[OS X TeX] Macintouch report on TeX versus Word

Alain Schremmer schremmer.alain at gmail.com
Tue Jan 20 23:51:24 EST 2009

On Jan 20, 2009, at 10:20 PM, David Derbes wrote:

> On Jan 20, 2009, at 7:54 PM, Jean-Christophe Helary wrote:
>> On mercredi 21 janv. 09, at 10:13, Alain Schremmer wrote:
>>> Funny, I always thought I was an optimist … I still do not think  
>>> you are right. Macs are an infinitesimal part of the market to  
>>> begin with.
>> Alain, they are not anymore.
>> Recent surveys indicate that Appel machines have about 10% of the  
>> computer market share (by checking web access data). I can't find  
>> the reference anymore but Apple laptop sales were simply huge  
>> compared to the other makes, on the US market.
>> http://www.tuaw.com/2009/01/02/apple-market-share-tops-10-windows- 
>> share-lowest-since-tracking/
>>> OpenOffice was so bad to begin with it sure couldn't get worse.  
>>> And, on the Mac, it still is clunky. Not to mention NeoOffice.
>> I use both for work. Clunky, but do we compare that to Word 2004 ?  
>> To me they compare very well (at least the 3.0 version of OOo and  
>> NeoOffice). I had to buy Office 2008 yesterday and it may be a  
>> different story here. But by the time a new version of Office is  
>> released, they will have catched up. I have no worry about that,  
>> their development model is so vastly different.
>>> I don't think LaTeX is going to die, just that it severely risks  
>>> becoming a quaint hobby for the very few. Like, say, polar bears.  
>>> They won't die. There will always be a few in zoos.
>> No, I think that markup languages are definitely not going to die,  
>> even if they are not XML dialects. They address a different kind  
>> of market.
>> People who buy (and use) "Office Suites", especially the modern  
>> ones à la iWorks, are not in need of LaTeX. What they want is nice  
>> looking templates, text placeholders and a print button. There is  
>> a huge market for that. The rest of them are cheated into using  
>> the suites and when they find LaTeX, either they take the dive and  
>> they are thankful, or they find a way to manage their frustrations...
> I remember when DOS (or its even earlier ancestor, CP/M) was all we  
> had for personal computers. Most people today do not use command  
> line interfaces. My guess is that down the road we'll have an even  
> more user-friendly version of LaTeX than we have now. Though I use  
> Macs exclusively, I don't really care what platform I use down the  
> road, only that it be reliable, affordable and intuitive.  
> (Increasingly true, IMHO, of Ubuntu and Mac OS X, increasingly not  
> true of Windows.)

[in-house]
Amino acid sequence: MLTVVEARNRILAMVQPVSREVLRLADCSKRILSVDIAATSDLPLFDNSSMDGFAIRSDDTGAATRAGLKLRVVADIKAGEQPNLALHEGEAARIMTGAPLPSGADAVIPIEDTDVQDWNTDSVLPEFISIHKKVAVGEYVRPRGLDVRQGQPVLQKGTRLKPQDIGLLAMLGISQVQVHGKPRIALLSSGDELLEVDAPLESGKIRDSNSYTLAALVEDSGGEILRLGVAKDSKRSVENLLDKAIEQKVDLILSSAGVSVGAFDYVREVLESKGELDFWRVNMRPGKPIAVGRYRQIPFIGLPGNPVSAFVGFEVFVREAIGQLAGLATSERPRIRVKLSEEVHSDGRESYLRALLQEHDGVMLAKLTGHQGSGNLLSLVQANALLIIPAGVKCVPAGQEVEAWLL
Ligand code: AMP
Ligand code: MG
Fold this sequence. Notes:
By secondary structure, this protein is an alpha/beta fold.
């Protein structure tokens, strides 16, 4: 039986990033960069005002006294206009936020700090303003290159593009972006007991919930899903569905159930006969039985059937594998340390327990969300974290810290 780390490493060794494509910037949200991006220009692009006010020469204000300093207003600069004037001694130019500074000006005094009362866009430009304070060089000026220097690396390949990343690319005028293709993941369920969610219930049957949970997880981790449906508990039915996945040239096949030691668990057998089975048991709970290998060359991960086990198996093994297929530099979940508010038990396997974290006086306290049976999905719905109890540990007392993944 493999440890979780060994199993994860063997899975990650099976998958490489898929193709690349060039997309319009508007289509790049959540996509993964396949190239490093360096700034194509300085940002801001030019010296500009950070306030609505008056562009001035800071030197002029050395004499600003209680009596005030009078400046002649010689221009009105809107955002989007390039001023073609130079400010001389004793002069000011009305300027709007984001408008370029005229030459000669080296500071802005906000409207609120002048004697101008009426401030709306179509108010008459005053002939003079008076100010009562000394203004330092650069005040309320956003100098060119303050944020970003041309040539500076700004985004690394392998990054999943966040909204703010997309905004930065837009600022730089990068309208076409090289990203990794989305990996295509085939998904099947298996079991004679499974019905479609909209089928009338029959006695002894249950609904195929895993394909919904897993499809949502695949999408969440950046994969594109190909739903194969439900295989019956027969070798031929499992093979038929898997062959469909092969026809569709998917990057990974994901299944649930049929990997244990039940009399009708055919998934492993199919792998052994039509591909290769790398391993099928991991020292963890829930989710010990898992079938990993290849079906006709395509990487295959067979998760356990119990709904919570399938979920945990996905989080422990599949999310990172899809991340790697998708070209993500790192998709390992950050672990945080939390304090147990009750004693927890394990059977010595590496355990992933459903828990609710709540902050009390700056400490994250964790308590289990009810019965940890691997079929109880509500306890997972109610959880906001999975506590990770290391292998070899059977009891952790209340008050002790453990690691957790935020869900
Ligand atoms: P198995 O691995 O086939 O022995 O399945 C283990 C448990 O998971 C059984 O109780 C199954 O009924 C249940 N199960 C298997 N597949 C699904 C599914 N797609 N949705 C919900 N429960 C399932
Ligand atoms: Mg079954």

I completely agree. But then we seem to be contemporaries. CP/M  
indeed. When did Bytes die?
> As Jean-Christophe wrote above, the Mac installed base is now in  
> the US about 10% in the US. I remember when it was about 3%, so I  
> think things are improving with respect to Apple. Apple laptops  
> seem to be the dominant platform on the ritzy US campuses these  
> days (the Ivies, U of Chicago, Johns Hopkins, Stanford, etc.) Part  
> of this is the halo effect of the iPod and IPhone, and part of it  
> is frustration with Windows-seeking viruses. Whether or not Apple  
> or IBM or Microsoft survive, I feel certain that personal computing  
> is here to stay. Perhaps stupidly I believe that LaTeX is so  
> superior that it too will be here indefinitely, though it might be  
> in a form we would not immediately recognize were we suddenly  
> brought twenty years into the future.

There is a lot in the ideas underlying LaTeX that I find extremely  
good. For instance, the idea of package. Back when I used Word, I had  
to use a monolithic monster of which I was using perhaps 5%. The  
remaining 95% were constantly in my way. Someone not using tables  
shouldn't have to see anything relating to tables anywhere in the  
menus and thus stay with a very simple interface. If and when you  
decided you needed tables, you would click on a button "install  
tables" that would attach a package to do this.

Where LaTeX is totally lacking is that the interface of the front end  
should then reflect the addition of the table package with new and  
appropriately modified menus.

While people and small groups could continue to develop packages, the  
infrastructure is beyond any individual or even small group effort.

> Maybe it's the Obama administration, but I'm optimistic about a lot  
> of things lately.

The mood is definitely different.


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